• Fitting rooms, keep feet and items off the floor.
  • Storage room, go as far back as possible. Climb shelves if safe.
  • In storage cabinets on the store floor.
  • Inside furniture, trash cans, storage gins, luggage making sure to leave a way to breathe


Where to hide with kids at the soccer fields

  • Underneath cars
  • In empty trash cans
  • Storage areas of the concession stand
  • Underneath bleachers (if it’s possible not to be seen)
  • Flatbed area of trucks
  • Inside open cars (making sure not to be visible through windows)
  • In the forest
  • In ditches
  • Inside playground structures


Where to hide with kids at amusement parks, zoos, aquariums

  • Ride cars (remaining low)
  • Snack stands (consider cabinets, storage areas)
  • Back of the house areas
  • In greenery
  • Consider performance theaters/stages. Are there nooks and crannies, dressing rooms, areas below the stage?
  • Gift shops (within clothing racks, behind large displays or stacks of clothing)
  • Behind signage or exhibits
  • Inside playground or playhouse structures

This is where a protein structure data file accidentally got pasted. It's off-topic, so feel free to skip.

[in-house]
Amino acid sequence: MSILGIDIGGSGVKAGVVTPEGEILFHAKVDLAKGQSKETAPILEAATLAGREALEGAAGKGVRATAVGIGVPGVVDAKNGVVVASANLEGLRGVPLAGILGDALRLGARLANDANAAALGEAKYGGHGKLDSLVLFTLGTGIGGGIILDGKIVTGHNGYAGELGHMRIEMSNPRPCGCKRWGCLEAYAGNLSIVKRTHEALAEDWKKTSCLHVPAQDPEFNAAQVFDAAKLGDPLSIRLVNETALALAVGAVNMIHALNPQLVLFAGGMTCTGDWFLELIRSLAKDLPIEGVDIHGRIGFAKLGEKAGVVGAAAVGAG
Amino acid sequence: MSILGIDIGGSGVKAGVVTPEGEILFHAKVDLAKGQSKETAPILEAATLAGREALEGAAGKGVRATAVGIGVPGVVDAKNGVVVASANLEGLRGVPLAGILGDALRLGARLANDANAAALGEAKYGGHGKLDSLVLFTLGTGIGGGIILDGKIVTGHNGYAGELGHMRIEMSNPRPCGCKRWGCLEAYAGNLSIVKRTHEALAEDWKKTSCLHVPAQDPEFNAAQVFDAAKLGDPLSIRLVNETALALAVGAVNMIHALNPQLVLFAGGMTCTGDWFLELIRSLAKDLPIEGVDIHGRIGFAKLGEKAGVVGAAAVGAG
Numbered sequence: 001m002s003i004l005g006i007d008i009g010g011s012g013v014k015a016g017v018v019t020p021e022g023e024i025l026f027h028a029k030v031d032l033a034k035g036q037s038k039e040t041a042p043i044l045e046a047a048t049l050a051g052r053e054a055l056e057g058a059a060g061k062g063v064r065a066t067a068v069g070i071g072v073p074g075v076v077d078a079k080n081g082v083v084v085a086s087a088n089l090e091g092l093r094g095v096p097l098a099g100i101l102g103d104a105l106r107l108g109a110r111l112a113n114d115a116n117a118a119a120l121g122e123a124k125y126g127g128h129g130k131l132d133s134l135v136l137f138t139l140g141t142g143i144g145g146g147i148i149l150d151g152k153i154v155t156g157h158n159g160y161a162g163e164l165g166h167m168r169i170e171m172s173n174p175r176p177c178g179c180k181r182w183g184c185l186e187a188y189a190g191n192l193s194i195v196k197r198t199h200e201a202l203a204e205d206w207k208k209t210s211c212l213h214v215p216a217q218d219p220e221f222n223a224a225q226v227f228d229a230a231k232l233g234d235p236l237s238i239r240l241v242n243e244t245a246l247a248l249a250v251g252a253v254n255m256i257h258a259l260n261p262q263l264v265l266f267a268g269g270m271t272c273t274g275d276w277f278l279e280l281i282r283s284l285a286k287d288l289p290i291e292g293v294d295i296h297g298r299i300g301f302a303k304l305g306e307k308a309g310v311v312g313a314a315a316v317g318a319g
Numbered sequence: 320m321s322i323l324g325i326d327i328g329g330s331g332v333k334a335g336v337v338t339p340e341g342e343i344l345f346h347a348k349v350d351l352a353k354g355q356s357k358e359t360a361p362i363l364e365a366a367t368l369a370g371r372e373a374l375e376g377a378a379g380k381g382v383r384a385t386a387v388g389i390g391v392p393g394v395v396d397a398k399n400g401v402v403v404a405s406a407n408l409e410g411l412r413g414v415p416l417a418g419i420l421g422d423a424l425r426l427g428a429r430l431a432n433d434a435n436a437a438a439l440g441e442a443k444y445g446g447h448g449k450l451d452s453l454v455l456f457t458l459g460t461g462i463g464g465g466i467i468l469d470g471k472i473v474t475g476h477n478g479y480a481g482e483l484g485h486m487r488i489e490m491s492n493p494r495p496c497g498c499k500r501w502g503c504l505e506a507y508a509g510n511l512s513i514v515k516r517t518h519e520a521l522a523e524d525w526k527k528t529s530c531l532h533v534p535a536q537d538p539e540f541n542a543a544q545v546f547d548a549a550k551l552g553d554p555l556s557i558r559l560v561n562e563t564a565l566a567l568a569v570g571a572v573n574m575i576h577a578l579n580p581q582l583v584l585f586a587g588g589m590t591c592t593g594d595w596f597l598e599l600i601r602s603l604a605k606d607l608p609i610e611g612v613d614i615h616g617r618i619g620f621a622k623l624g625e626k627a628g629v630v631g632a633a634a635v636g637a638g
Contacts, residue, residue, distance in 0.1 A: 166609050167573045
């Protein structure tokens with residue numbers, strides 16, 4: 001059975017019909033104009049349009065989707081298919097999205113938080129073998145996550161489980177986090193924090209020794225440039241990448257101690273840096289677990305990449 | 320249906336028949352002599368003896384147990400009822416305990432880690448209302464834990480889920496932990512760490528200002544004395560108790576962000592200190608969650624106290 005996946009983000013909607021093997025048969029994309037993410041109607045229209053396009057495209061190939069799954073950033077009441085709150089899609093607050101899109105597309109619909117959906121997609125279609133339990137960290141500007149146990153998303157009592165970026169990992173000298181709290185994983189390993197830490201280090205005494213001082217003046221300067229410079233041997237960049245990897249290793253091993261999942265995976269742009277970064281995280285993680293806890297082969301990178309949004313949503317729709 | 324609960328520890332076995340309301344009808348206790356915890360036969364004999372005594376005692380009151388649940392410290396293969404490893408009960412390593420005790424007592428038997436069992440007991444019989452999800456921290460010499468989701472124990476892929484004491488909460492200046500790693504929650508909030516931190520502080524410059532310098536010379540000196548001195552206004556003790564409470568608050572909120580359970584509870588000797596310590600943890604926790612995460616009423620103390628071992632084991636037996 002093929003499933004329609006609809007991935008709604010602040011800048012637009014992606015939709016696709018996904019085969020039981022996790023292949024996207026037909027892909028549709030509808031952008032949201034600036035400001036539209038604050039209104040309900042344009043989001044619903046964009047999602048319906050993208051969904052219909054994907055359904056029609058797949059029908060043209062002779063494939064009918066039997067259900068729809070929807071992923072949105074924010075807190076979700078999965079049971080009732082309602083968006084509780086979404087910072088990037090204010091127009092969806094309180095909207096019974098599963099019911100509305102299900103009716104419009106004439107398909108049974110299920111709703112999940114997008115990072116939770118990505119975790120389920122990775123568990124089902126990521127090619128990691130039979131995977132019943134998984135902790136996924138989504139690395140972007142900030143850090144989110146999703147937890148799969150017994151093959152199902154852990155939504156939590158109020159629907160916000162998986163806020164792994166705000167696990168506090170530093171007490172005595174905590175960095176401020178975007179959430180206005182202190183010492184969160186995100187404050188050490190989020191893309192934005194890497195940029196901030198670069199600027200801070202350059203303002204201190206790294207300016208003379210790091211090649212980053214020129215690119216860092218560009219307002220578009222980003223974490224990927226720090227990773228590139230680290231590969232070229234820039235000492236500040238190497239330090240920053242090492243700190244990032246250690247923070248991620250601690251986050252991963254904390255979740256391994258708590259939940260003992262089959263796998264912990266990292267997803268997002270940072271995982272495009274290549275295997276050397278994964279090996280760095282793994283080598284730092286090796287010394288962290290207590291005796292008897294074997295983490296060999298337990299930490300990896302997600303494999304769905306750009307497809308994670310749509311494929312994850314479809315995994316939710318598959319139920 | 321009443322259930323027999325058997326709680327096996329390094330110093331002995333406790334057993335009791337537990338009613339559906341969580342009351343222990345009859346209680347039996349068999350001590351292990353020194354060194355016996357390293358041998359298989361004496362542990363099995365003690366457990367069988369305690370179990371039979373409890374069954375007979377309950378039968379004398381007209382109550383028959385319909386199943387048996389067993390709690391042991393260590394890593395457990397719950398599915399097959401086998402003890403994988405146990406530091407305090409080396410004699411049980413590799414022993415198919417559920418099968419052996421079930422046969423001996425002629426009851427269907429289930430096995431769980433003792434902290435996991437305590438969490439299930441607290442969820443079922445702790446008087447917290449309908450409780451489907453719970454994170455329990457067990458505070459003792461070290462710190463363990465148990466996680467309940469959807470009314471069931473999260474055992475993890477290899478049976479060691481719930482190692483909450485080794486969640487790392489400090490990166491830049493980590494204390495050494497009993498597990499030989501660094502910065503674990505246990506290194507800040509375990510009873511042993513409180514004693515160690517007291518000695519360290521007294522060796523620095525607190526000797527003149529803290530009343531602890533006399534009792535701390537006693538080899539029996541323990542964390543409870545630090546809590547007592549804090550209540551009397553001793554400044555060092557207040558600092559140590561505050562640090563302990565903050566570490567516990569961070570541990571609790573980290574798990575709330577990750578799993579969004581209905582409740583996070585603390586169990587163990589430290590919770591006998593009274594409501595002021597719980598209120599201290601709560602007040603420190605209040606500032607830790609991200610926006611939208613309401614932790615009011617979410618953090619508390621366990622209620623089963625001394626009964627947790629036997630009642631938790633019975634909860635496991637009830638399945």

• In empty trash cans


Where to hide with kids at the movie theater

  • Underneath seats
  • In the highest row, low to the ground
  • In the projection area if accessible
  • Between walls and step and repeat signage or behind other signage
  • Behind snack counters not being used
  • In storage areas
  • Behind video games
  • In empty trash cans


Where to hide with kids at restaurants

  • In the kitchen,
    • In cabinetry where you are not easily seen
    • Chilled areas or pantries if temperature does not pose a threat
    • Underneath sinks
    • Behind shelving
  • Small kids might fit in the hostess stand
  • Under the bar in storage areas


Where to hide with kids at the airport

  • Behind service counters and ticket desks
  • In back hidden areas of restaurants or gift shops
  • Under the bar in storage areas in restaurant areas
  • In VIP airline lounges
  • In bathroom hidden areas
  • In terminal areas that lead between planes and the ticket counter
  • In baggage claim areas look for where the luggage comes out and go through there to hide or get out
  • Inside luggage or trash cans making sure to leave a way to breathe